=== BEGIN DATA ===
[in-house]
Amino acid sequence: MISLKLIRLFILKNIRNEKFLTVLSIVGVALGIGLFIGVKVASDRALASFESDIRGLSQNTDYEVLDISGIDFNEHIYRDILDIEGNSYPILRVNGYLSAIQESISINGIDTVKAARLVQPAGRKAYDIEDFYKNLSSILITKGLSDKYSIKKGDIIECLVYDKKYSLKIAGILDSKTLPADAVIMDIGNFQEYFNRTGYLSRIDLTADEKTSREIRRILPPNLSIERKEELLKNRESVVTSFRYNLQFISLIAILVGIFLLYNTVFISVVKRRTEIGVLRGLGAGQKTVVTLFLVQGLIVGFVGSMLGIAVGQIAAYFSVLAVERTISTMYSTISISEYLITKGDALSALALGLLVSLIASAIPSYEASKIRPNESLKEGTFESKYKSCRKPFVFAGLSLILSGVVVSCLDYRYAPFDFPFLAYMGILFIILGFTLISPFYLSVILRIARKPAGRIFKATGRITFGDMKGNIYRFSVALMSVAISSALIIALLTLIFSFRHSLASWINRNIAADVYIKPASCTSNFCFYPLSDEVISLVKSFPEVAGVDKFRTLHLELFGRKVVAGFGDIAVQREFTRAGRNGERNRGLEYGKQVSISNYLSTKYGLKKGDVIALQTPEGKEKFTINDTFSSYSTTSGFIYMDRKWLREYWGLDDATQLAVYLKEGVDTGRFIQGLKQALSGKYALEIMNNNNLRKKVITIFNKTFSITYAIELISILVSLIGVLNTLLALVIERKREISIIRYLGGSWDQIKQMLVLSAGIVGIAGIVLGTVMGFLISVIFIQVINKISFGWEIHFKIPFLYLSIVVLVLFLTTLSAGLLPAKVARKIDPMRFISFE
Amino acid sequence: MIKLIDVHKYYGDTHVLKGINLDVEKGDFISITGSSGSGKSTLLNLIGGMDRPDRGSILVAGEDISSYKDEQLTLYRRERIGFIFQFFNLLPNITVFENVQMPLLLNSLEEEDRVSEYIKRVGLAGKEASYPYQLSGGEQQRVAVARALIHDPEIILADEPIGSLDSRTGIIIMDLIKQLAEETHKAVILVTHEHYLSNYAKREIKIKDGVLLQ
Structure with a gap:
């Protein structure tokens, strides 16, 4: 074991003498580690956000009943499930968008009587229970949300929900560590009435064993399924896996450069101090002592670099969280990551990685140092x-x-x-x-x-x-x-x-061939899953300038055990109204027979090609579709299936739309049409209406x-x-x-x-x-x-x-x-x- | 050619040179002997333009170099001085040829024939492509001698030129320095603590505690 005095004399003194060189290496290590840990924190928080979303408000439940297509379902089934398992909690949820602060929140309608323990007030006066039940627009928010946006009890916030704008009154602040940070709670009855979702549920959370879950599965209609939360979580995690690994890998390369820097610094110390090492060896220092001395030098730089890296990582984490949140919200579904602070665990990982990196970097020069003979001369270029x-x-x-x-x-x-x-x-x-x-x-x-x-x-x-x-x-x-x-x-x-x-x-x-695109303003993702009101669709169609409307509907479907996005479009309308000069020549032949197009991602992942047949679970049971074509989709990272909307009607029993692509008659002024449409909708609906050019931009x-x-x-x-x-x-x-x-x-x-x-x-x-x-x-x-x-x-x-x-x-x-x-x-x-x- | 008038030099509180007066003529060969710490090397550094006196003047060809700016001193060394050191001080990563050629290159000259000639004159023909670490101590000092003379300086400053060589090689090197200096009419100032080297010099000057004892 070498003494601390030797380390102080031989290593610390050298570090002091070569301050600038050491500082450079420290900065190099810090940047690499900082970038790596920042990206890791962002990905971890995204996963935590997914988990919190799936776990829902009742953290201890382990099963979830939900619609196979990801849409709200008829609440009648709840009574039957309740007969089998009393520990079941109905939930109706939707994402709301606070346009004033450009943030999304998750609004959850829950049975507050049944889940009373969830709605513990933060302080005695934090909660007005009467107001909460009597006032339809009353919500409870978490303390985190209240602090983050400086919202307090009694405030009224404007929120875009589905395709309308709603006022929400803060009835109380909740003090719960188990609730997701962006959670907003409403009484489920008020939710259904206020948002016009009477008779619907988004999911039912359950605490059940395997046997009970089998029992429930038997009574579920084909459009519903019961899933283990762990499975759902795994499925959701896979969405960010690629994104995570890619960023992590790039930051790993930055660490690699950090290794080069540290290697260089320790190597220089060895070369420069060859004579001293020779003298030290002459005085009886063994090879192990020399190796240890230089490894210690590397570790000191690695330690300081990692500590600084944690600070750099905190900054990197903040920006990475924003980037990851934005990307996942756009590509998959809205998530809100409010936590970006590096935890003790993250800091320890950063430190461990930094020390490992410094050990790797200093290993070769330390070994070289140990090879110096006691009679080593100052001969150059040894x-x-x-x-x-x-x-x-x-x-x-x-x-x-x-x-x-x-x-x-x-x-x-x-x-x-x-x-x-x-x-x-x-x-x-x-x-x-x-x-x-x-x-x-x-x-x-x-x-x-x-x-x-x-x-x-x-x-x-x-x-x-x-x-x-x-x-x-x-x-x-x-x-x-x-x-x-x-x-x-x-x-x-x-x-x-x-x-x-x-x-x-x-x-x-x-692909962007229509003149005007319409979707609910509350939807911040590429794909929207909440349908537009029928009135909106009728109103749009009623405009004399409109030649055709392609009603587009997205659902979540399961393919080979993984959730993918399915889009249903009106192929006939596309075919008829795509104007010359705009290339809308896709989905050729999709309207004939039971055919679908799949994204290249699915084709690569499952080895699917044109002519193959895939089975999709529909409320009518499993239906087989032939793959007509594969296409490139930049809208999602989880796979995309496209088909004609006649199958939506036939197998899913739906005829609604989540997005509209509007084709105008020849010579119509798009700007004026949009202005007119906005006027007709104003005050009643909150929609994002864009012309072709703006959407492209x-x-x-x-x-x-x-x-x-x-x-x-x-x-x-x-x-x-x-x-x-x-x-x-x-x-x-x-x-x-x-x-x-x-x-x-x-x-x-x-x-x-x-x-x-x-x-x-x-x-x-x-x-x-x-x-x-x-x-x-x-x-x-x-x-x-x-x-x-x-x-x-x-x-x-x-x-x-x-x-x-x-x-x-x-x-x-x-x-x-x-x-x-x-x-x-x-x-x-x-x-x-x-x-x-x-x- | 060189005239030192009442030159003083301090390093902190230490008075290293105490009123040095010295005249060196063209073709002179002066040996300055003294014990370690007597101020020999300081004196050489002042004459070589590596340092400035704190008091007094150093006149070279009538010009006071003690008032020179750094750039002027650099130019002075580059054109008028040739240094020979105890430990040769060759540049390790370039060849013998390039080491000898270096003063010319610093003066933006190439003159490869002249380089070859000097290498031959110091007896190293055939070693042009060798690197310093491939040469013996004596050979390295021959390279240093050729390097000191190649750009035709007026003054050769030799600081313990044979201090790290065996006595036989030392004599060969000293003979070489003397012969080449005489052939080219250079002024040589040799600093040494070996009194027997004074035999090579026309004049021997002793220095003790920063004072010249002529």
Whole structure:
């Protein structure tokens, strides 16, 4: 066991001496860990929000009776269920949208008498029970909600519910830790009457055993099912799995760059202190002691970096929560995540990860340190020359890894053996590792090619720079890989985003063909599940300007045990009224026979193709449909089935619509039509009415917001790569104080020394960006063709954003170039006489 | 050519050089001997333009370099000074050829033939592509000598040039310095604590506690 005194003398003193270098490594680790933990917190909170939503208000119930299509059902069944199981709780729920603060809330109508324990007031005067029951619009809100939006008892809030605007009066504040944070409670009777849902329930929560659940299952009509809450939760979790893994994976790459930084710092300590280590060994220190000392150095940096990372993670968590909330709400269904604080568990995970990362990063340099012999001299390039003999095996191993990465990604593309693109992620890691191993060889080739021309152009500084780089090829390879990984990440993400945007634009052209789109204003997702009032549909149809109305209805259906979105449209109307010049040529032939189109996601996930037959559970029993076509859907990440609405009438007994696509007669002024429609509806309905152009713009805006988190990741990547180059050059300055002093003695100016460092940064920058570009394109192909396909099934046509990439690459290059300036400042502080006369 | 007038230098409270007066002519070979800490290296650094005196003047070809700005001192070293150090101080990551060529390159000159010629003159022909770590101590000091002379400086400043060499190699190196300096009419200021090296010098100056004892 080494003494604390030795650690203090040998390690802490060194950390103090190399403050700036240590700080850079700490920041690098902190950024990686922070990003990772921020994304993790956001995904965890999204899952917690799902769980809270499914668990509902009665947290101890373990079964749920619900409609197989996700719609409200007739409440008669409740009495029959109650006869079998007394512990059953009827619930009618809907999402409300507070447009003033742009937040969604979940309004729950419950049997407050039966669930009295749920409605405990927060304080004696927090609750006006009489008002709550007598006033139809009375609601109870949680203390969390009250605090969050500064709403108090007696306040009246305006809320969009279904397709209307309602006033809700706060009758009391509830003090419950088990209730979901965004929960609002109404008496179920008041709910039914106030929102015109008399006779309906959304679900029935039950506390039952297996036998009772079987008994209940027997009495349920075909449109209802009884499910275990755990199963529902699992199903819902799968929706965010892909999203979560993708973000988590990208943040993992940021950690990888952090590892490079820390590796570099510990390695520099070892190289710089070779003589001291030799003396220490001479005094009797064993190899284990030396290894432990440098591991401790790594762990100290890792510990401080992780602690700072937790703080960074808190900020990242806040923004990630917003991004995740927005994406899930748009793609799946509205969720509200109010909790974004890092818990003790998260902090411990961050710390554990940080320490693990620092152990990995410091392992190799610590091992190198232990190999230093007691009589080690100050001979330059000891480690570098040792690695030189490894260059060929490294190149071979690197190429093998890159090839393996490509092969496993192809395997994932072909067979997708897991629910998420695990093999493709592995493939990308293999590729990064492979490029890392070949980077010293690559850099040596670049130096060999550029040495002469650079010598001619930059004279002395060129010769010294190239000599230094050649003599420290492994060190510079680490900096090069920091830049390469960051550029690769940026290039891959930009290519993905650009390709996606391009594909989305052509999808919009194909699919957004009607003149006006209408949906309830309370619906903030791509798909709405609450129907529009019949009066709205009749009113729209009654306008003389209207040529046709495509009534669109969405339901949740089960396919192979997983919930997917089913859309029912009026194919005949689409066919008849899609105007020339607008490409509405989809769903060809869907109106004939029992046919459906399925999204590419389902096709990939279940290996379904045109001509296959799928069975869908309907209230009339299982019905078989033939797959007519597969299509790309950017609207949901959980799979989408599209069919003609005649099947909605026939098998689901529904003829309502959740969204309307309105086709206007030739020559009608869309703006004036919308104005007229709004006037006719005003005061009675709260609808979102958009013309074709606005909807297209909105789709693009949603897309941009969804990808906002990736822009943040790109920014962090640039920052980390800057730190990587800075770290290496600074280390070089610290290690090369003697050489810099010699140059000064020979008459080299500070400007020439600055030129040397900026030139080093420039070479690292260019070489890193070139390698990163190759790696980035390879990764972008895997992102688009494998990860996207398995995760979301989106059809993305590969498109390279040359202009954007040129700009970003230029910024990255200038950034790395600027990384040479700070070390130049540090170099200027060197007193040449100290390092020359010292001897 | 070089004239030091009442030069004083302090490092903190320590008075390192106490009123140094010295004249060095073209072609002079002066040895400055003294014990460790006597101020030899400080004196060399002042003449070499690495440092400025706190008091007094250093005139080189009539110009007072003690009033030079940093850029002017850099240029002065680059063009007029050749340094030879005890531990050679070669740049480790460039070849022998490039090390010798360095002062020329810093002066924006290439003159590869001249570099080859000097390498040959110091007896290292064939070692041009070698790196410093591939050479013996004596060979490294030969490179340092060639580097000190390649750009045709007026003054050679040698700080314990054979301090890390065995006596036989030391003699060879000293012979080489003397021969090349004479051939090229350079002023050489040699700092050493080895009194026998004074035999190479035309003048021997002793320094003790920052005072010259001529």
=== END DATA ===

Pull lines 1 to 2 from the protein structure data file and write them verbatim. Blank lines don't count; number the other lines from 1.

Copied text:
[in-house]
Amino acid sequence: MISLKLIRLFILKNIRNEKFLTVLSIVGVALGIGLFIGVKVASDRALASFESDIRGLSQNTDYEVLDISGIDFNEHIYRDILDIEGNSYPILRVNGYLSAIQESISINGIDTVKAARLVQPAGRKAYDIEDFYKNLSSILITKGLSDKYSIKKGDIIECLVYDKKYSLKIAGILDSKTLPADAVIMDIGNFQEYFNRTGYLSRIDLTADEKTSREIRRILPPNLSIERKEELLKNRESVVTSFRYNLQFISLIAILVGIFLLYNTVFISVVKRRTEIGVLRGLGAGQKTVVTLFLVQGLIVGFVGSMLGIAVGQIAAYFSVLAVERTISTMYSTISISEYLITKGDALSALALGLLVSLIASAIPSYEASKIRPNESLKEGTFESKYKSCRKPFVFAGLSLILSGVVVSCLDYRYAPFDFPFLAYMGILFIILGFTLISPFYLSVILRIARKPAGRIFKATGRITFGDMKGNIYRFSVALMSVAISSALIIALLTLIFSFRHSLASWINRNIAADVYIKPASCTSNFCFYPLSDEVISLVKSFPEVAGVDKFRTLHLELFGRKVVAGFGDIAVQREFTRAGRNGERNRGLEYGKQVSISNYLSTKYGLKKGDVIALQTPEGKEKFTINDTFSSYSTTSGFIYMDRKWLREYWGLDDATQLAVYLKEGVDTGRFIQGLKQALSGKYALEIMNNNNLRKKVITIFNKTFSITYAIELISILVSLIGVLNTLLALVIERKREISIIRYLGGSWDQIKQMLVLSAGIVGIAGIVLGTVMGFLISVIFIQVINKISFGWEIHFKIPFLYLSIVVLVLFLTTLSAGLLPAKVARKIDPMRFISFE